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June 1, 2018

Growing Hong Kong wealth market faces talent shortage

By Ronan McCaughey

Hong Kong’s wealth management industry is working actively to address a significant talent pool shortage in order to serve growing clientele from the Greater China region, Private Banker International (PBI) has found.

Hong Kong is a key private banking hub having $800bn of AuM in bookings according to the Hong Kong-based Private Wealth Management Association (PWMA).

However, a significant talent gap exists, threatening the market’s ability to serve a growing pool of clients.

Francis Liu, regional market manager for UHNW Greater China at UBS Global Wealth Management, told PBI in Hong Kong: “Talent is a key challenge. The industry is growing at a rapid pace but there is a very limited pool of talents.

Liu added: “This especially applies to expertise in this part of the world. The Chinese economy has only started growing since the late 80s.”

He continued: “But [the economy] is still relatively young and it is hard to find seasoned, experienced, young bankers.”

Talent Gap

David Shick, head of private banking Greater China at Julius Baer bank, said: “We have a very limited talent pool in Hong Kong. The clients are growing faster than the number of practitioners in the market.”

Shick attributed the industry’s talent shortage to graduates having a choice of many other industries that are “equally attractive for employment to them.”

In order to bridge this shortage in talent PWMA launched an apprenticeship programme with Hong Kong’s monetary authority in 2017.

The programme is an eight-week programme which lasts two summers targeting students. If the apprentices perform well, they will be offered a job at the end of it.

But what are private banks in Hong Kong doing aside from the PWMA’s initiative to address this challenge?

UBS Wealth Management, the world’s largest private bank is one of the participating banks. Aside from PWMA’s programme, UBS runs a wealth management associate programme.

This means UBS recruits people with 3-5 years of work experience both from within and outside the industry, and trains them for a year and half as client advisers before they can climb the ladder in private banking.

Shick says Julius Baer has a talent identification programme that operates twice a year.

“We try to identify talents within the existing talent pool, people with aspiration to become relationship managers. That is normally our younger employees and those who are at the assistant level.”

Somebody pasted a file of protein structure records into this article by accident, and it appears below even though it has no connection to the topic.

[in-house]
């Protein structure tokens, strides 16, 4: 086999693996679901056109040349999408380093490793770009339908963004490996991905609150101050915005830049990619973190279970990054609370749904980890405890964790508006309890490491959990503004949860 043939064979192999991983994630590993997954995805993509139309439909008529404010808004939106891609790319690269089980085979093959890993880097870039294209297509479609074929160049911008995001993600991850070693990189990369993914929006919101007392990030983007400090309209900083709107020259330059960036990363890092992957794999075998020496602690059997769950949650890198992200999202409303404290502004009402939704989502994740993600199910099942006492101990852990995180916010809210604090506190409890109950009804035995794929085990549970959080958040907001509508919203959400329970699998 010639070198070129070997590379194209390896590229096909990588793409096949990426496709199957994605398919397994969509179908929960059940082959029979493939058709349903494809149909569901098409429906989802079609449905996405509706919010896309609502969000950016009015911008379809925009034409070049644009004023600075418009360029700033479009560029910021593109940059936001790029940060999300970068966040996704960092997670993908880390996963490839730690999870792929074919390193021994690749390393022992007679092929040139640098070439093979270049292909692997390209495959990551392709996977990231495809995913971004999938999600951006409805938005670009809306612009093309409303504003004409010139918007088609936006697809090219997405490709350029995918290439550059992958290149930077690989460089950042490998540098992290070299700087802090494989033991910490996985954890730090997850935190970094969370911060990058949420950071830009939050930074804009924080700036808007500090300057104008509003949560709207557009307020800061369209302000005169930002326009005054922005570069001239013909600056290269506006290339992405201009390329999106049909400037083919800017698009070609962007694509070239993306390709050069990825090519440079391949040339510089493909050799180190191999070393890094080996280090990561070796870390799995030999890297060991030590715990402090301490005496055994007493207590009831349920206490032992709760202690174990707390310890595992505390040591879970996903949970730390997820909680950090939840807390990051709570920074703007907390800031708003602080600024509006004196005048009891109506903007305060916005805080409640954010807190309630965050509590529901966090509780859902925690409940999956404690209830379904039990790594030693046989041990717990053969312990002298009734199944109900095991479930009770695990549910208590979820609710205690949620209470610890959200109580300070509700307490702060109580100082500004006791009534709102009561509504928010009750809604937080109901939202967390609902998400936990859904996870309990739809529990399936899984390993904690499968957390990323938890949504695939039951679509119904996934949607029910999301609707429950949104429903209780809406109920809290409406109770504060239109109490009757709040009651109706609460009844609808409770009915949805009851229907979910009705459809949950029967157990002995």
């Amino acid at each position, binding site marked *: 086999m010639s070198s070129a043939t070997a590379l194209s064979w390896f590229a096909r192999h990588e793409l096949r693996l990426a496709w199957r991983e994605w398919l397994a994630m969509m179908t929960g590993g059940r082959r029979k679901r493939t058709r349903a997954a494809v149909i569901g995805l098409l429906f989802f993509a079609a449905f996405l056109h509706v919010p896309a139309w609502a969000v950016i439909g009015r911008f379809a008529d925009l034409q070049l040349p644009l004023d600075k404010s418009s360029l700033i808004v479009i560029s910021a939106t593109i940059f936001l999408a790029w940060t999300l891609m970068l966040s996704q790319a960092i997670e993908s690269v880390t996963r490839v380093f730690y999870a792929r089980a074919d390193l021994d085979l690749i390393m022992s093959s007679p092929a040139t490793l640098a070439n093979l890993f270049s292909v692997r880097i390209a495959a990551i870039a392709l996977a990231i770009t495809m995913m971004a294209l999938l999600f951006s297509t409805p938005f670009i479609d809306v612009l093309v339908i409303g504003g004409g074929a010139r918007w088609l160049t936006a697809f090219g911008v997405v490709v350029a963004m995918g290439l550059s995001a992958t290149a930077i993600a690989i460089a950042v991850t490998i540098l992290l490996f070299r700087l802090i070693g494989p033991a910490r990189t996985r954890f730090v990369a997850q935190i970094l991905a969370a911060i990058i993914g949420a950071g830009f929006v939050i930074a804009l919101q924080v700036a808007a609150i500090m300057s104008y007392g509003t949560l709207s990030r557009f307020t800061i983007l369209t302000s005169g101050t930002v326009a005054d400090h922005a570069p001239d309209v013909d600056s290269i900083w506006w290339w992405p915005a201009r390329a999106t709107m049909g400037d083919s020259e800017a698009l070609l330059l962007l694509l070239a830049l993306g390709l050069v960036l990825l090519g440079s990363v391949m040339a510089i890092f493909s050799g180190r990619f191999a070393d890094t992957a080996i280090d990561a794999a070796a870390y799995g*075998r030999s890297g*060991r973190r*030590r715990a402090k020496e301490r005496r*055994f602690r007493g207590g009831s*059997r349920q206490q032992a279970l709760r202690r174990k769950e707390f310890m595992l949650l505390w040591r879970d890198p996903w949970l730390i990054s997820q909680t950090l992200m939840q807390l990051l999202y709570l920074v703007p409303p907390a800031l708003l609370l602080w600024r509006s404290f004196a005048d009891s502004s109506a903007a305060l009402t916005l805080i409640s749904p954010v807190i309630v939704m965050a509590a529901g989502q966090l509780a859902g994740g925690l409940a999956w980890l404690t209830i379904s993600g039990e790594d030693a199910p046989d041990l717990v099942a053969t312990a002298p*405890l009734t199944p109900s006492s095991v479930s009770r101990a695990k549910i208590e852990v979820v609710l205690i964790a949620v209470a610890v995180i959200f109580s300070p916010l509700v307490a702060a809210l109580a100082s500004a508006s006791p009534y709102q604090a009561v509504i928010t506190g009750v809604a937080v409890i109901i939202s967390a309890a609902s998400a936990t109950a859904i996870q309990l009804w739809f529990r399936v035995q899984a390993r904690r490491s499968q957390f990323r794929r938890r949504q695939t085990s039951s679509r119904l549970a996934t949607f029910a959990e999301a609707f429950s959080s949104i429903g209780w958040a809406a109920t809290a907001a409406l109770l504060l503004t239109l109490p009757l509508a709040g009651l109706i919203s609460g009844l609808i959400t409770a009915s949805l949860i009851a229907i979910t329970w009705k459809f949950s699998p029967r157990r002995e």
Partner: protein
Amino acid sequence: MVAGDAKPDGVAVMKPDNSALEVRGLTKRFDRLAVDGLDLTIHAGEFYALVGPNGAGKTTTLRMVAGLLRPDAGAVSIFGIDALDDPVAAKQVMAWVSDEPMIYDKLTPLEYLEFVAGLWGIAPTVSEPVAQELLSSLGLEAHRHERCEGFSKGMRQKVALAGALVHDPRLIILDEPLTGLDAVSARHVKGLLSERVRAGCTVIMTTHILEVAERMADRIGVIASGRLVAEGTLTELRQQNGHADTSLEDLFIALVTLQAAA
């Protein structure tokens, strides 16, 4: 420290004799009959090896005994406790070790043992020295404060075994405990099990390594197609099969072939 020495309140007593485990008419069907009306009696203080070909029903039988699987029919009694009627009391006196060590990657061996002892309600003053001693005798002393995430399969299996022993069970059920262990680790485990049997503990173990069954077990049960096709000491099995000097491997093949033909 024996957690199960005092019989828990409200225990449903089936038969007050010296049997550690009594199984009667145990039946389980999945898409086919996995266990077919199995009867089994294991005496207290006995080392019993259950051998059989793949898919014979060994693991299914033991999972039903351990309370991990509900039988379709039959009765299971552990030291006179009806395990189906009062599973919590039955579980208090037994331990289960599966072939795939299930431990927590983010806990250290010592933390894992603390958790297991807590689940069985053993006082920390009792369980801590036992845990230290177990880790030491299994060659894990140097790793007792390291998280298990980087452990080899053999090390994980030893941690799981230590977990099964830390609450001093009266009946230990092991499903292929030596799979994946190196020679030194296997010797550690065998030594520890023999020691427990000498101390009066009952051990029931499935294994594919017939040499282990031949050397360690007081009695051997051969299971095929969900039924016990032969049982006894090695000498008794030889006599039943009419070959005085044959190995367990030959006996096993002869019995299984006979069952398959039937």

Drilling down into the Greater China wealth market, the rising number of billionaires is a key driver for growth in the sector.

According to research by the UBS and PWC’s Billionaires Report published in 2017, China created two new billionaires every week in 2016.

Data published by Citi Private Bank in March 2018 also shows that the number of millionaires rose 15% compared to the previous year, making one in 7 people millionaires in Hong Kong.

Liu adds: “You may be rich on paper, but you need to be rich with some sort of valuation. “I expect the growth in billionaires to be stable.”

He comments: “Looking at where we are today in Hong Kong, we would require a lot more uniqueness in terms of exponential growth in the economy to create rapid billionaire growth.”

Julius Baer is conducting research called “Womenomics” as the core focus of its next annual wealth report to better serve female billionaires. The Wealth report is expected to be launched this coming October.

Shick comments: “This is an area where I think we will take a lead in catering towards the female billionaires and the female clients in general.”

Liu says there are “good indications” that the wealth creation cycle is growing quite strongly.

“And the opportunity for us is whether we can capture the amount of exponential growth that we saw in the last three years, says Liu.

Wider outlook

Overall, the outlook for Hong Kong’s private banking industry appears positive. For example, UBS expects GDP growth to be approximately 2-3% in Hong Kong in the coming months.

Shick comments: “As China is the second largest economy, demand for wealth services is growing rapidly. We can see a very strong demand for asset diversification in China.”

Liu echoes this view. “For the outlook for greater China specifically, we are very optimistic that we will continue to see that growth in the market. This is specifically in the tech sector.”

While bridging the talent is a key theme dominating Hong Kong’s wealth market, the overall picture is promising due to a rising prominence of billionaires and strong market fundamentals.



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